Published Papers - Abstract 362

Furuya H, Young AF, Powers JR & Byles JE. Alcohol consumption and physical health-related quality of life in older women using the transformation of SF-36 to account for death. Japanese Journal of Alcohol & Drug Dependence, 2008; 43(2): 97-109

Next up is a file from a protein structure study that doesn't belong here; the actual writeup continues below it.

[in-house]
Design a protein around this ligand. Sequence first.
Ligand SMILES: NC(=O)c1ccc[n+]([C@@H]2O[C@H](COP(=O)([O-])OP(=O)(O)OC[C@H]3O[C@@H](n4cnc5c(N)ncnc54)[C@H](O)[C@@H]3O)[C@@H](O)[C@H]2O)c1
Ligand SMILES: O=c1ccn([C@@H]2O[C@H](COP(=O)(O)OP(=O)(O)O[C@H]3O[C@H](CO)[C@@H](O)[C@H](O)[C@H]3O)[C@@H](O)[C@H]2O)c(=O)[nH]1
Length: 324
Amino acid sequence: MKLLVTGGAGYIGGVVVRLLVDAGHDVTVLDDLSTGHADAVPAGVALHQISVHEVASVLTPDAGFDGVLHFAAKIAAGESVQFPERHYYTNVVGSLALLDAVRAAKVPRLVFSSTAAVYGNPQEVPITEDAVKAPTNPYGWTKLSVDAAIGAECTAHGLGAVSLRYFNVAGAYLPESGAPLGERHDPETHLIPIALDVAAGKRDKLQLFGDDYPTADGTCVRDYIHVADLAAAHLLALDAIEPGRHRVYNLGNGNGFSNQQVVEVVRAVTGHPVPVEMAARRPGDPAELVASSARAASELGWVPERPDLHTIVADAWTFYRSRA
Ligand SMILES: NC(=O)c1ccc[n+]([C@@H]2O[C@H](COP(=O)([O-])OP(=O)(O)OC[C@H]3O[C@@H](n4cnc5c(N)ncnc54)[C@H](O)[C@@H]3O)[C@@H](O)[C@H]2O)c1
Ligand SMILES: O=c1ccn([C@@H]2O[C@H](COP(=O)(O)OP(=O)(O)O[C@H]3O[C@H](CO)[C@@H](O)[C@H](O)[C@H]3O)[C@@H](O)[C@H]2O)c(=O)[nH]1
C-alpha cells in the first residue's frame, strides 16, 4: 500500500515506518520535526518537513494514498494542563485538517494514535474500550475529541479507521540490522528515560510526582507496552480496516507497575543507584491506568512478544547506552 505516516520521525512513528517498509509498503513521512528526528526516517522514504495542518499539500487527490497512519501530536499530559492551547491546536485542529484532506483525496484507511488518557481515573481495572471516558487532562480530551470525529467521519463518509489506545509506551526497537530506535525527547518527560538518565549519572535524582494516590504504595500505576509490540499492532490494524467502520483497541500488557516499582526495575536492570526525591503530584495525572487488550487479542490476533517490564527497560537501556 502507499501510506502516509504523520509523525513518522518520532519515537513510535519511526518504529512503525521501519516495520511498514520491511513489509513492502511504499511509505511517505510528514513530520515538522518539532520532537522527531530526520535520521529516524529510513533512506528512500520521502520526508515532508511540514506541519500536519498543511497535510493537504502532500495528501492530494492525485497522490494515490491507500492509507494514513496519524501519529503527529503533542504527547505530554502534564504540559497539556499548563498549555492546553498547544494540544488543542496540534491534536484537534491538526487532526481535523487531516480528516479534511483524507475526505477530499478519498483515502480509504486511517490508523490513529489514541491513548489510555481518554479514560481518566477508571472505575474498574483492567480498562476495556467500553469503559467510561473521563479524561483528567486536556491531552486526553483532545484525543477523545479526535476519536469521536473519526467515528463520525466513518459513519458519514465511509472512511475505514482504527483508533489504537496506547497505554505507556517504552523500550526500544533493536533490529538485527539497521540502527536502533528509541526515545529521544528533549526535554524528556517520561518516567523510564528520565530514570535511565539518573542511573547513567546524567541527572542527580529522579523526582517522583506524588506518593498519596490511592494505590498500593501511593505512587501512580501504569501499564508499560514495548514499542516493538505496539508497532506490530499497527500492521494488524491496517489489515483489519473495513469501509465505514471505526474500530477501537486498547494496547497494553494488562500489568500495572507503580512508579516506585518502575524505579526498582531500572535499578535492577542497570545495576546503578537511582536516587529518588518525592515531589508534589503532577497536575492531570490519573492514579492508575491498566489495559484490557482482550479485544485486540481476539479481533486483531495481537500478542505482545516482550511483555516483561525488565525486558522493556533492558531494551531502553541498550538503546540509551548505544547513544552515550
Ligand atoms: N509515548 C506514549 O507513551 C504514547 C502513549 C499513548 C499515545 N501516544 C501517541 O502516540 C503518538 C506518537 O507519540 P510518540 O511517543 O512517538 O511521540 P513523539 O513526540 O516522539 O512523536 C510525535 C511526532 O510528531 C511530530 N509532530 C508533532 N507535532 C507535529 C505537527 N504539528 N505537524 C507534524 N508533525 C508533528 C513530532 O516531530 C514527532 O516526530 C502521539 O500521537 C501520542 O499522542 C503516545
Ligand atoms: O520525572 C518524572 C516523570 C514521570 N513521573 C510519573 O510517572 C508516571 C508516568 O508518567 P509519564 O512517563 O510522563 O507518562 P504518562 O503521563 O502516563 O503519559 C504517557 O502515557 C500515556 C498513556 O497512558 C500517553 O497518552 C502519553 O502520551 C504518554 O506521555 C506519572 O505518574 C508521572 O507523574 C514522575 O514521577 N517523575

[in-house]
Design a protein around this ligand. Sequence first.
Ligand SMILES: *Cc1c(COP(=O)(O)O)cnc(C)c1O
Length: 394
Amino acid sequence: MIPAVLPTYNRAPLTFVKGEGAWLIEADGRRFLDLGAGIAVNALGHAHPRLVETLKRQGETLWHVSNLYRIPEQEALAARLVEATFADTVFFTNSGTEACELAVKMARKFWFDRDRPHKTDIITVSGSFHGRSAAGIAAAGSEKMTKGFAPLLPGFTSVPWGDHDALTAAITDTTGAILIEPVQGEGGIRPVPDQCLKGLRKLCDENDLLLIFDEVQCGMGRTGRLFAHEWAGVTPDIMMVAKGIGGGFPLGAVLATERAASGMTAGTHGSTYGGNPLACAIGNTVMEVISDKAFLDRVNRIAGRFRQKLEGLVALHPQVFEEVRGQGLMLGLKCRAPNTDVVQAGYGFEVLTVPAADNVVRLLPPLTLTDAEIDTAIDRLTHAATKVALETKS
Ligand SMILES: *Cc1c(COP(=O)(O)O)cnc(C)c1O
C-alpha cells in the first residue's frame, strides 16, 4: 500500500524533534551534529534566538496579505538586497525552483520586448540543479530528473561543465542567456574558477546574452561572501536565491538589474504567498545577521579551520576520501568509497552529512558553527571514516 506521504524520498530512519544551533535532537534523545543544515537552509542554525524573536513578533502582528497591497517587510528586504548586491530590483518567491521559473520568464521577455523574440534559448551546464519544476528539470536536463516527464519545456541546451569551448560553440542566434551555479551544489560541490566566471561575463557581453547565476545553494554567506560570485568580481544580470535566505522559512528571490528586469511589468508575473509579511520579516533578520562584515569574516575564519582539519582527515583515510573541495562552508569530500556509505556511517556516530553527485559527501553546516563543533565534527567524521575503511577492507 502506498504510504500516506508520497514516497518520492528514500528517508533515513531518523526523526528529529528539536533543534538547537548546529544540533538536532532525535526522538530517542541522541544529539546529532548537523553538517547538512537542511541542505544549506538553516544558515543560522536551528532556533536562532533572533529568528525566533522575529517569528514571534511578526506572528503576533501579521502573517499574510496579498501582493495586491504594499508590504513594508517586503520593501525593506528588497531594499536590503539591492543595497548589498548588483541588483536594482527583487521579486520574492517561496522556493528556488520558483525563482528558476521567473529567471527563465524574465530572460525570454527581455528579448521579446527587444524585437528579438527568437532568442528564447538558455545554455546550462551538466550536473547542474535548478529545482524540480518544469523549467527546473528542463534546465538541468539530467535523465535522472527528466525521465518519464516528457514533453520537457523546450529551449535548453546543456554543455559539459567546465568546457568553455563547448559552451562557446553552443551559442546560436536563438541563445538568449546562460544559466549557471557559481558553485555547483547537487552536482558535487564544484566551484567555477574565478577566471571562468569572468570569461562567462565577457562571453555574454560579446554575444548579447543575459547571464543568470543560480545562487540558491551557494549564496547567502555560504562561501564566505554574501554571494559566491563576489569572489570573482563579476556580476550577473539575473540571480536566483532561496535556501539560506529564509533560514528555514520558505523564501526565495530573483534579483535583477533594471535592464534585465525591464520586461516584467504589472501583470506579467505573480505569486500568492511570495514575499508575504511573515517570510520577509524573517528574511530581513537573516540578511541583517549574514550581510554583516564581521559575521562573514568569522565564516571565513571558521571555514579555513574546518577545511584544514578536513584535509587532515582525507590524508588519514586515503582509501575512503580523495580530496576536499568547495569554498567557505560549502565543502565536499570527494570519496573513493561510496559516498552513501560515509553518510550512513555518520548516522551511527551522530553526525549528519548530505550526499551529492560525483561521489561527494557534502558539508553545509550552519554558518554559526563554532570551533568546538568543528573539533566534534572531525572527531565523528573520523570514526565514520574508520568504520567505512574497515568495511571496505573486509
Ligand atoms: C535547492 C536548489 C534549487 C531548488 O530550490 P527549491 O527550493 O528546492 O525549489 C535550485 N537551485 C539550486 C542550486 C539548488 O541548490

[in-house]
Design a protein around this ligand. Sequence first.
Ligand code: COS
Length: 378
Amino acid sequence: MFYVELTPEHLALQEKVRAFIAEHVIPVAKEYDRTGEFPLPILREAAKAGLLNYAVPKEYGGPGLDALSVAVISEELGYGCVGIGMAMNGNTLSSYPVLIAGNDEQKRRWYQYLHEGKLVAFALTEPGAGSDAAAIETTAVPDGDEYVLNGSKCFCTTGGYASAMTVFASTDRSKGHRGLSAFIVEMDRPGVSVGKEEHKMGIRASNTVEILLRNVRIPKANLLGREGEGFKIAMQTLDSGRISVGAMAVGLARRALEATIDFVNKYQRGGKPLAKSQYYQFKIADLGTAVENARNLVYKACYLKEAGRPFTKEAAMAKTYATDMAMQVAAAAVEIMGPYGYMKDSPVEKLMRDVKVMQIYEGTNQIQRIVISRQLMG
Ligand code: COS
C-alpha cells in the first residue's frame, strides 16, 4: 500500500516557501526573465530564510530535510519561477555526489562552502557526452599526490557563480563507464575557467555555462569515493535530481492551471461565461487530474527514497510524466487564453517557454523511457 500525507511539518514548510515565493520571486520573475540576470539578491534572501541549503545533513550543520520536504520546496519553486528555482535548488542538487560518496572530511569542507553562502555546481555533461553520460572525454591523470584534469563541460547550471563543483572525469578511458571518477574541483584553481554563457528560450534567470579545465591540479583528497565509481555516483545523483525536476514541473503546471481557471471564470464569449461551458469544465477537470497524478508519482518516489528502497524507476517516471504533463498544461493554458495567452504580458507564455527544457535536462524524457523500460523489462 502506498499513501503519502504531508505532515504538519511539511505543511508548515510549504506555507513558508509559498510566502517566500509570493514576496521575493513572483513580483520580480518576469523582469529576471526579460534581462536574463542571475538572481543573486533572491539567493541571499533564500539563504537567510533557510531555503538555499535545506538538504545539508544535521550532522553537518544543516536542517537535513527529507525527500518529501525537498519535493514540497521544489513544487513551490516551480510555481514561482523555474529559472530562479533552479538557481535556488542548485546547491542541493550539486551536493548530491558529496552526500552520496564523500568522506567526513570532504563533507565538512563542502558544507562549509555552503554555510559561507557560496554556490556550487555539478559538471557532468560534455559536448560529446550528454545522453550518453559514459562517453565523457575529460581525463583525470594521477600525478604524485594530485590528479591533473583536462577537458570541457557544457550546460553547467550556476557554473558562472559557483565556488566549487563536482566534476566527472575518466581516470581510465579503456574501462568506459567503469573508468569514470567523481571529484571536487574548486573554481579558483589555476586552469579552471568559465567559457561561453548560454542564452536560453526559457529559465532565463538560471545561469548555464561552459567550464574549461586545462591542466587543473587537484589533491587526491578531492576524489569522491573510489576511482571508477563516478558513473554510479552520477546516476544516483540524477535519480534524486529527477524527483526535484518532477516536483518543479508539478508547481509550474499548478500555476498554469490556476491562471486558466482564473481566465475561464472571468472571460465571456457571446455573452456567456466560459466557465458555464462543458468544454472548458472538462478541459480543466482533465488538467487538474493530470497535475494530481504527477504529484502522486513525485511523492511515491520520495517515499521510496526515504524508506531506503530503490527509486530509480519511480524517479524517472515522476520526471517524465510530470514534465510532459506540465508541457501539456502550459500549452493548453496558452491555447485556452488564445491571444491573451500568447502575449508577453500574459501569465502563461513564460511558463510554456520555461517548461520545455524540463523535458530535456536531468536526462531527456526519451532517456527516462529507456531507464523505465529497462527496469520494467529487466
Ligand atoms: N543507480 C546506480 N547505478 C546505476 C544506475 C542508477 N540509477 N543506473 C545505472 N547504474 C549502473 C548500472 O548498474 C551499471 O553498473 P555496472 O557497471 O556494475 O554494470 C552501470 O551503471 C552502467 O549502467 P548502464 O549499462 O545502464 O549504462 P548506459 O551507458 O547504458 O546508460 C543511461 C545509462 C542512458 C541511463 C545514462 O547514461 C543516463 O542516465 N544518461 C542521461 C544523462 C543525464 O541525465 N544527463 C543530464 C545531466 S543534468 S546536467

Moderate alcohol consumption has been associated with health benefits in several studies, but few studies investigating such association for elders have been done. So, we explored the relationship between alcohol intake and changes in physical health-related quality of life HRQoL. As analyses of longitudinal HRQoL data excluding diseased participants produced overestimated results, we compared the methods with and without incorporating death and estimated valid physical HRQoL and its decline over time.Study subjects were women from the Australian Longitudinal Study on Women's Health, ages 70-75 years at Survey 1 in 1996(n =12,432), and were followed-up at 3 yearly intervals for 6 years. The level of alcohol consumption was divided into seven categories to identify possible harmful alcohol level for older women. We measured Physical Component Score(PCS)of Medical Outcomes Study Short-Form(SF-36), and applied the transformed PCS incorporating death as a valid score to estimate HRQoL changes for each alcohol group with adjustment for potential confounders.Significant declines of values were observed and the values of 'non-drinker' and 'rare drinker' were lower than the other groups during 6 years in both PCS and the transformed PCS. Analysis of the PCS showed significant Alcohol Time interaction effects for non-drinker and rare drinker groups, as the scores were overestimated towards higher values at Survey 2 due to loss to follow-up of women who died. In the transformed PCS, these interaction effects diminished, and a clearer dose-response relationship between alcohol and physical HRQoL was observed at the third survey.We examined the influence of deaths on the study conclusions with using PCS and its transformed value which included deaths. Being a nondrinker of alcohol was associated with greater risk of mortality and poorer physical HRQoL. Moderate alcohol consumption was not harmful, and may carry some health benefits for older women.